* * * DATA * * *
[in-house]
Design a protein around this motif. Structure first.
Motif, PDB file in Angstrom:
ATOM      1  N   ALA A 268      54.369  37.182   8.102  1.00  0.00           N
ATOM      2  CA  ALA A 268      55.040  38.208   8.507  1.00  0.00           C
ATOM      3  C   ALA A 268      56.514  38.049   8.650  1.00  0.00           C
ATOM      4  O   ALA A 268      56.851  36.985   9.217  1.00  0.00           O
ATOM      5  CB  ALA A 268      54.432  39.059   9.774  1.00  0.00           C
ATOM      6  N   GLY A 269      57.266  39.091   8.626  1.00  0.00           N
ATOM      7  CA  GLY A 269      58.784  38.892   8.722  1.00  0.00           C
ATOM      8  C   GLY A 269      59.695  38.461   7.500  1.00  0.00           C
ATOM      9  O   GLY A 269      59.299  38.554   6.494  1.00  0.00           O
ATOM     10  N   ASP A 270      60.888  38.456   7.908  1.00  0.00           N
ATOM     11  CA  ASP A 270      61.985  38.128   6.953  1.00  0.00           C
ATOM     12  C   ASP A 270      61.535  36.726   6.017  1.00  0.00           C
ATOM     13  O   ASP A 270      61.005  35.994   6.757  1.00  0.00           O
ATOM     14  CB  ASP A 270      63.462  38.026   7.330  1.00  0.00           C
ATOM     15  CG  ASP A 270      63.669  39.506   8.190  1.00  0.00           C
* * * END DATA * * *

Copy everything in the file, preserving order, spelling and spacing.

[in-house]
Design a protein around this motif. Structure first.
Motif, PDB file in Angstrom:
ATOM      1  N   ALA A 268      54.369  37.182   8.102  1.00  0.00           N
ATOM      2  CA  ALA A 268      55.040  38.208   8.507  1.00  0.00           C
ATOM      3  C   ALA A 268      56.514  38.049   8.650  1.00  0.00           C
ATOM      4  O   ALA A 268      56.851  36.985   9.217  1.00  0.00           O
ATOM      5  CB  ALA A 268      54.432  39.059   9.774  1.00  0.00           C
ATOM      6  N   GLY A 269      57.266  39.091   8.626  1.00  0.00           N
ATOM      7  CA  GLY A 269      58.784  38.892   8.722  1.00  0.00           C
ATOM      8  C   GLY A 269      59.695  38.461   7.500  1.00  0.00           C
ATOM      9  O   GLY A 269      59.299  38.554   6.494  1.00  0.00           O
ATOM     10  N   ASP A 270      60.888  38.456   7.908  1.00  0.00           N
ATOM     11  CA  ASP A 270      61.985  38.128   6.953  1.00  0.00           C
ATOM     12  C   ASP A 270      61.535  36.726   6.017  1.00  0.00           C
ATOM     13  O   ASP A 270      61.005  35.994   6.757  1.00  0.00           O
ATOM     14  CB  ASP A 270      63.462  38.026   7.330  1.00  0.00           C
ATOM     15  CG  ASP A 270      63.669  39.506   8.190  1.00  0.00           C